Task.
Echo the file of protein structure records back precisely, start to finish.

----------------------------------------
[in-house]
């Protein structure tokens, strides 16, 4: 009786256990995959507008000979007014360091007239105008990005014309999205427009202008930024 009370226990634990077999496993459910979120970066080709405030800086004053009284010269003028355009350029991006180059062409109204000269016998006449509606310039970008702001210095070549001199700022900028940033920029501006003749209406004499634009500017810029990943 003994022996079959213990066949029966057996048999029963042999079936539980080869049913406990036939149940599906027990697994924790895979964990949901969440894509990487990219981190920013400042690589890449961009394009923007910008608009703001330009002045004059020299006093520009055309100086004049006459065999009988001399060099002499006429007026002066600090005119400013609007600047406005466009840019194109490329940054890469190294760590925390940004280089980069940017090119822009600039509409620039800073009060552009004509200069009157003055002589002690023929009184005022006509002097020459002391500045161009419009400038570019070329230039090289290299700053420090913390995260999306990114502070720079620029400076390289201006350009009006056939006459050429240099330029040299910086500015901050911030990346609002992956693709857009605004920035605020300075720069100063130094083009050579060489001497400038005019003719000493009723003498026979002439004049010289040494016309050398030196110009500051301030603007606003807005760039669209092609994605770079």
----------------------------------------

[in-house]
């Protein structure tokens, strides 16, 4: 009786256990995959507008000979007014360091007239105008990005014309999205427009202008930024 009370226990634990077999496993459910979120970066080709405030800086004053009284010269003028355009350029991006180059062409109204000269016998006449509606310039970008702001210095070549001199700022900028940033920029501006003749209406004499634009500017810029990943 003994022996079959213990066949029966057996048999029963042999079936539980080869049913406990036939149940599906027990697994924790895979964990949901969440894509990487990219981190920013400042690589890449961009394009923007910008608009703001330009002045004059020299006093520009055309100086004049006459065999009988001399060099002499006429007026002066600090005119400013609007600047406005466009840019194109490329940054890469190294760590925390940004280089980069940017090119822009600039509409620039800073009060552009004509200069009157003055002589002690023929009184005022006509002097020459002391500045161009419009400038570019070329230039090289290299700053420090913390995260999306990114502070720079620029400076390289201006350009009006056939006459050429240099330029040299910086500015901050911030990346609002992956693709857009605004920035605020300075720069100063130094083009050579060489001497400038005019003719000493009723003498026979002439004049010289040494016309050398030196110009500051301030603007606003807005760039669209092609994605770079």